Notes on the Grippe

Being an accounting of the recent and continuing pandemic and its various circumstances, from the perspective of an inhabitant of the regions lately called the Lost Quarter. Dates unknown.

Day One Hundred Eighty Seven

The morning begins with sunshine, but as the day goes on smoke descends, growing heavier. I can smell it on the air, though only a hint here and there. The sun glimmers somewhere behind all that smog, an ember, distant and almost abstract, no longer a star. Driving down roads everything is in shadows that don’t change, though it feels that they must either deepen or dissolve. Yet they remain as the day goes on, never relinquishing their hold.

As with so many things this year the fires and their smoke have overstayed their welcome, casting a pall upon our lives. It is almost too easy a metaphor to apply to everything that is happening.

The grippe reborn has a way of increasing our tendency toward solipsism. It is not just that following the quarantine protocols forces us inward, drawing us away from the normal day to day interactions with strangers we might otherwise have, though that is certainly a piece of it. The dread lord’s powers are universal, touching everyone, everywhere, but the effects are very much local and personal. What is strange is that every piece of news from elsewhere is taken as proof of the success of our approach or as a clear demonstration of our utter failure to act properly.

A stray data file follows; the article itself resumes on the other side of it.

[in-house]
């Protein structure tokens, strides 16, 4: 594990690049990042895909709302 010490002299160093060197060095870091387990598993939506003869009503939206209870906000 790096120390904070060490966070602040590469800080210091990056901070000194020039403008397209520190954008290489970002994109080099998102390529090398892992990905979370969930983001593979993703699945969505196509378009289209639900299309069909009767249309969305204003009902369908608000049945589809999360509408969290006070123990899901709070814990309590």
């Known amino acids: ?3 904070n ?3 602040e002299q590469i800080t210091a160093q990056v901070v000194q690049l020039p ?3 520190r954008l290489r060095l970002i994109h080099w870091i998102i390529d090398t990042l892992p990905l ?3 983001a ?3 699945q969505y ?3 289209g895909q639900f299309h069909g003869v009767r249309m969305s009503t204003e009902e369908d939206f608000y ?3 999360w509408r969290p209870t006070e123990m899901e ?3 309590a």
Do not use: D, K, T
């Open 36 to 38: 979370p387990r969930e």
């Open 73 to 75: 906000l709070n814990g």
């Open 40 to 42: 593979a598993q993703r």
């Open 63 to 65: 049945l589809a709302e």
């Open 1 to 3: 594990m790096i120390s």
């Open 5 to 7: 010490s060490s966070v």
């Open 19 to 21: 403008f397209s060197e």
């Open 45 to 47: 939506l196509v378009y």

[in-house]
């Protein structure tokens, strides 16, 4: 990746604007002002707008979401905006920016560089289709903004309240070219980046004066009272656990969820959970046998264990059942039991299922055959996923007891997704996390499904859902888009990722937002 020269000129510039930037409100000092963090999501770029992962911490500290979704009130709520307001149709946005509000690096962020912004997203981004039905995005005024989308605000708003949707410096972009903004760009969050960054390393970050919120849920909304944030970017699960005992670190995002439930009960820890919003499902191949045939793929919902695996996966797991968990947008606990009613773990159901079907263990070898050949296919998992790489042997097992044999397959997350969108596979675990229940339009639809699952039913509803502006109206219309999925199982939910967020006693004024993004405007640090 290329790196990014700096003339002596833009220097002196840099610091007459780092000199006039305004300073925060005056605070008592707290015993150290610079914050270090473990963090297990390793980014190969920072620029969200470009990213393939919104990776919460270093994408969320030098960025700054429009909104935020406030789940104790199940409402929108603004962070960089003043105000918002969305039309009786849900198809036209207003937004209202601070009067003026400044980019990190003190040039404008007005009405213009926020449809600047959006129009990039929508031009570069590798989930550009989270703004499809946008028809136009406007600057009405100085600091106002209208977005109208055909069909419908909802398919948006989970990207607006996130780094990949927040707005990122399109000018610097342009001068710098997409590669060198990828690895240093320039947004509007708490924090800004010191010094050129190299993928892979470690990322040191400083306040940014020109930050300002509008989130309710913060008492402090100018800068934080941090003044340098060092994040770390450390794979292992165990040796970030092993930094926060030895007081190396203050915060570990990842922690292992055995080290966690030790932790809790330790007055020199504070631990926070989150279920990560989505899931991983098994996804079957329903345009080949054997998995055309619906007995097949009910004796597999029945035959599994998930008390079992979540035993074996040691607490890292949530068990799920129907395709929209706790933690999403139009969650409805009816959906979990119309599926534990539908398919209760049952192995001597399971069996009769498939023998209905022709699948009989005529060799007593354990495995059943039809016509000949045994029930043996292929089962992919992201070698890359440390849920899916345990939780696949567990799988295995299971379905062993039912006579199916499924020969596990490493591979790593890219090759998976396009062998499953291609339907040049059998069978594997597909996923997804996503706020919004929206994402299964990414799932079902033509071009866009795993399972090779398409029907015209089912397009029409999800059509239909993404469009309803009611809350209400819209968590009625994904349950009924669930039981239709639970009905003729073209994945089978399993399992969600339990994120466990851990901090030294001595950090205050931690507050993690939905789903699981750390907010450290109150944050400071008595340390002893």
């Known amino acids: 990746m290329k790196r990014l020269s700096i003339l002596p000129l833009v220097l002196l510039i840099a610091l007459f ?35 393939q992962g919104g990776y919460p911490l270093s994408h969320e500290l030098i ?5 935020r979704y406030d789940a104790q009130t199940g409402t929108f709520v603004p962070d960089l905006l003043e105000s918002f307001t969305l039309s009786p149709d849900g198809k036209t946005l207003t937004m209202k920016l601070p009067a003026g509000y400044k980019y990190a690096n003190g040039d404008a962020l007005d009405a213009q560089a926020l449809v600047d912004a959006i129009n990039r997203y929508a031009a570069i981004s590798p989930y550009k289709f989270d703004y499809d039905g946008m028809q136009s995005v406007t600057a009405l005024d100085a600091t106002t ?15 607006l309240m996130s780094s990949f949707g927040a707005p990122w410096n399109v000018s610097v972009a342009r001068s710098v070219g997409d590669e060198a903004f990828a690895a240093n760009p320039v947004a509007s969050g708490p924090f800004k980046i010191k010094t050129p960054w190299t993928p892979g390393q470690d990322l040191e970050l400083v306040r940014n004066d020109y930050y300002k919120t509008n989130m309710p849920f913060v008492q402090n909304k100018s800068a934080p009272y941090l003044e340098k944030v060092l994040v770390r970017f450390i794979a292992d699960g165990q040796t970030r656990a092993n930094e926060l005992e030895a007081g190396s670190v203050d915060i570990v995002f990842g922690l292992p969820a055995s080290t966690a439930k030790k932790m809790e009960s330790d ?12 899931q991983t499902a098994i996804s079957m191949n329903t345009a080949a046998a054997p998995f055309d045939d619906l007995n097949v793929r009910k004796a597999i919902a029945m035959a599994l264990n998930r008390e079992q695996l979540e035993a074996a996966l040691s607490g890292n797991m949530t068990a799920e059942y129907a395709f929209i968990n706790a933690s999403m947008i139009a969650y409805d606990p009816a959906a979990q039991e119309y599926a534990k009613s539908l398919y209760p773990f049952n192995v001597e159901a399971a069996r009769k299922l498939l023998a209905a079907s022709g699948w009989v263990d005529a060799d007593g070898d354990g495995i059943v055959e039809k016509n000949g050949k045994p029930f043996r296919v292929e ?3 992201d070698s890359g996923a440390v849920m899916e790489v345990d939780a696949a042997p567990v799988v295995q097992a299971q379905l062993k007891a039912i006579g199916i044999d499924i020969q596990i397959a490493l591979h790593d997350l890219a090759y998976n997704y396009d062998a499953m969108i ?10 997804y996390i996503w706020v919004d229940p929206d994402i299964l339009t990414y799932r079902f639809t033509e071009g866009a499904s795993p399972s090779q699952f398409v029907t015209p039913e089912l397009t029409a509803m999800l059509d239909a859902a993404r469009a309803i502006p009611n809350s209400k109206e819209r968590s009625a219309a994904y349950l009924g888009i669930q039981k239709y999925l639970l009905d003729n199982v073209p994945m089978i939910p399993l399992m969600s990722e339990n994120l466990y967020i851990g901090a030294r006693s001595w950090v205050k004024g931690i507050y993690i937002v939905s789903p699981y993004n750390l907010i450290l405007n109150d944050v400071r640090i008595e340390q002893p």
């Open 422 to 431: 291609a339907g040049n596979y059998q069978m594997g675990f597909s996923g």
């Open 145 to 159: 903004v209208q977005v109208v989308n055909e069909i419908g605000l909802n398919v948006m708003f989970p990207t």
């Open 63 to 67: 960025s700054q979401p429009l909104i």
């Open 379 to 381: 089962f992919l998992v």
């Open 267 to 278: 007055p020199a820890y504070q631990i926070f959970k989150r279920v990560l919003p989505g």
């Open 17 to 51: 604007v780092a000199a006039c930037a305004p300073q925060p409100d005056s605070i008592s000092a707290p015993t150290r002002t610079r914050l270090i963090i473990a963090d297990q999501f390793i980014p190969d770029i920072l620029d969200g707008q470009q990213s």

We are intimately aware of our contexts, but oblivious of others and how they may or may not apply. Yet we have no qualms with extrapolating from any story or study or rumour and applying it to what is happening here without any sense of what is comparable between the two situations. It is a fundamental demonstration that we do not care about these other people and places, except insofar as they support our argument, whatever it may be. Let the grippe touch them, let it stay far from our own doors.

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